Geoffrey Longridge, a widower of twenty-eight years standing, had lost his wife in a car accident leaving him childless and alone. Since that time, emotion was something he expressed sparingly, and in his memory of her he had, he considered, a sufficient reservoir of intimacy to provide all the nourishment required to live an ordered life.
Her photographs were everywhere in his house, and conversations with her departed soul remained central to his life. She had been his co-conspirator, his map and compass, and without her he had become a mannered, dutiful soul, working latterly as the chief librarian in his local town.
His sensibilities were tuned to connect with ideas and vistas rather than people: he had a quality of civilised distance about him which marked him out in the community. He was a receiver rather than the teller of stories, but you could tell the quality of your words by the power of his response. Sometimes, in a stubborn attempt to awaken interest in an artistic dimension among the local population, he would invite speakers to give talks at the library on matters literary, or sometimes just to recount their recent adventures. He loved the way some small event could help an individual discover themselves.
So it was that he invited a poet, who had recently returned from the tropics, to give a reading from her latest book of poems: the product of her experiences there. Her sense of life and its adventures seemed exotic to a man whose formative, and then more mature impressions, were gathered throughout a life bound by ritual and routine within the small English county where he had lived. At the appointed hour she arrived at the building and he guided her to the room were a small but appreciative audience applauded her entrance. Brief introductions were made and then the poet began her recital.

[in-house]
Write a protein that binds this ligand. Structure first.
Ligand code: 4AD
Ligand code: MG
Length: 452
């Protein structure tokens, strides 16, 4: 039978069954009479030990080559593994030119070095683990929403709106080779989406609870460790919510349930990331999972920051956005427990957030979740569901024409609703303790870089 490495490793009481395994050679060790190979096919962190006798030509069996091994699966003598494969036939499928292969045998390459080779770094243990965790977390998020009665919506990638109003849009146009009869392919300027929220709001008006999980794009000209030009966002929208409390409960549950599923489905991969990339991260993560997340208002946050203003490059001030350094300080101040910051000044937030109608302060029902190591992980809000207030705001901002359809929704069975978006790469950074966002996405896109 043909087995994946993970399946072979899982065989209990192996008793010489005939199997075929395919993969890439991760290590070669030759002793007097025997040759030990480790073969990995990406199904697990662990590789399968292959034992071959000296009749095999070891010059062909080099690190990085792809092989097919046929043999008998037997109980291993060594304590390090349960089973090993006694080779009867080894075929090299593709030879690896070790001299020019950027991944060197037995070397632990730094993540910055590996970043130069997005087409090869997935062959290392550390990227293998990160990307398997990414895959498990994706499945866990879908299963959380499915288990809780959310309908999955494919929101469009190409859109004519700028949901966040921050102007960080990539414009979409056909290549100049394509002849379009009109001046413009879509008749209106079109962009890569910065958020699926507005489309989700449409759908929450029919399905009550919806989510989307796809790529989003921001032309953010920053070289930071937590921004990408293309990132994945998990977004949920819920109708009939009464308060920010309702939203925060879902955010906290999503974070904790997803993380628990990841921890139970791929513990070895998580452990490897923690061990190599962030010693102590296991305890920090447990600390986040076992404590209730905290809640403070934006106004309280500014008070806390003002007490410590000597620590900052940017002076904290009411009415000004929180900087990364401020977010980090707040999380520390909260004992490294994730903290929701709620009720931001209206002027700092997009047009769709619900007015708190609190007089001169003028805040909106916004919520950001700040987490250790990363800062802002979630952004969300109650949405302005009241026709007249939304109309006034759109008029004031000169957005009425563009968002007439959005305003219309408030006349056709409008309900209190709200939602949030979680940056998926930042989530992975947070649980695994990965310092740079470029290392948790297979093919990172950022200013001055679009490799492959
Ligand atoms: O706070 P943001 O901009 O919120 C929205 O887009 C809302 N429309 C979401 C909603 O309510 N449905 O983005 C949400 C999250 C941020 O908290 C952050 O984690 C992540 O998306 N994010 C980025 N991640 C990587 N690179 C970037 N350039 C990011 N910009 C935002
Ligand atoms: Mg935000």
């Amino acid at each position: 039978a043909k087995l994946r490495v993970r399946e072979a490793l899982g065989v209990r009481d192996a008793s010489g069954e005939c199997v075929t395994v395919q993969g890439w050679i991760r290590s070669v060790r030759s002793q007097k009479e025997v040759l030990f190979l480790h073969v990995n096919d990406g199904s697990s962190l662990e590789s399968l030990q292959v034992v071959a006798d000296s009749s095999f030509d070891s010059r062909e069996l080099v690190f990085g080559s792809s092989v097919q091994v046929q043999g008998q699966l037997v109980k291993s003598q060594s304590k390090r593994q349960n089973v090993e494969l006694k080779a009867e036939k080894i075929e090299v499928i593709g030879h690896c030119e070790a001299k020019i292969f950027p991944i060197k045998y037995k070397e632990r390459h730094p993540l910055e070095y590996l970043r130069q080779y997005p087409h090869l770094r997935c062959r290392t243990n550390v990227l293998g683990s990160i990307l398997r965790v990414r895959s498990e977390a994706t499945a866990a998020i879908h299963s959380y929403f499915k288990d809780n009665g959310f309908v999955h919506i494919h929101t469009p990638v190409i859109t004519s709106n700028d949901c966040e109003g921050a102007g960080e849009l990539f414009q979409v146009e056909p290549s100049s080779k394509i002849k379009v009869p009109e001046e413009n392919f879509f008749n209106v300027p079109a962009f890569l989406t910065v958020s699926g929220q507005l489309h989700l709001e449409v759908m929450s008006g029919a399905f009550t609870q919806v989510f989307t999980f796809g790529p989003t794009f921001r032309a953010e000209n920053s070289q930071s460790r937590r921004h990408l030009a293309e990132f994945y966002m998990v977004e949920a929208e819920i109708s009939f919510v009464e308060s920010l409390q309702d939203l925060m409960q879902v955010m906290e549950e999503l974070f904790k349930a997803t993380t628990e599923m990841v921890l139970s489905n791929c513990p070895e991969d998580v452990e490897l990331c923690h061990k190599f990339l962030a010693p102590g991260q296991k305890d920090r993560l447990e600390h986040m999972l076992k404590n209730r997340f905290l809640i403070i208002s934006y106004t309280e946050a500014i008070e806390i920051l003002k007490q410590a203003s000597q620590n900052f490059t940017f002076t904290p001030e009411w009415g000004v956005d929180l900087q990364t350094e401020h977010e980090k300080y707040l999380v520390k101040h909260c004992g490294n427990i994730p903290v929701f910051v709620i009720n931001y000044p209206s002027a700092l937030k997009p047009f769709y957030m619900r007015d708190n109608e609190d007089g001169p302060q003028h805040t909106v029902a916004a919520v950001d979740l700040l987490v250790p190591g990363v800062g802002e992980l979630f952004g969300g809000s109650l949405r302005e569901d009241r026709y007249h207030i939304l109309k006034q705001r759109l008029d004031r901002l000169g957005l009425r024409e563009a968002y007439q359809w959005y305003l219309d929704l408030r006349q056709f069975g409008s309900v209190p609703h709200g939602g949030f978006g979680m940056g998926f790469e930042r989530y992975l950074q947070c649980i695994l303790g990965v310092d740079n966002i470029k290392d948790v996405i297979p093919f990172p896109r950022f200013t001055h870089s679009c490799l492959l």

The audience was moved by her assurance and intensity: her words stirring their imaginations. She was the living embodiment of artistic courage: a dramatic reader of her own verse, and the audience responded to her charged urgency. At last the reading was over and, noticeably, the applause at the end of it was more real and energised than the polite clapping of hands which had signalled her introduction. After the event, poet and librarian sat together on a bench near the entrance and looked at the abstract painting before them, which seemed almost like a conceptual map of imagination.
“Do you like abstract art ?” she asked him earnestly. “Yes” replied Geoffrey and suddenly he seemed to be no more than a puppet. A will stronger than his own pushed him forward and he found himself kissing her forehead, then her cheek and finally her lips with a release and abandon which, till now, had been entirely alien to him. She was the first women to whom he had opened himself in twenty-eight years and he was stunned by his own actions.
Instead of shrinking away from him she seemed to be somewhere between the polite and receptive as he talked to and then kissed her in turn and again. Finally, without any comment on his behaviour, she told him she had a dinner engagement. They rose from the bench and he showed her to the door.
He had no address for her, apart from her email, or any knowledge of her circumstances, excepting some blurb on her website and after she had gone he sat down again and stared at that painting as if it might supply him with an answer. What does a polite man do, living largely within convention, when he has stepped outside himself and kissed a lady so? The painting offered no advice.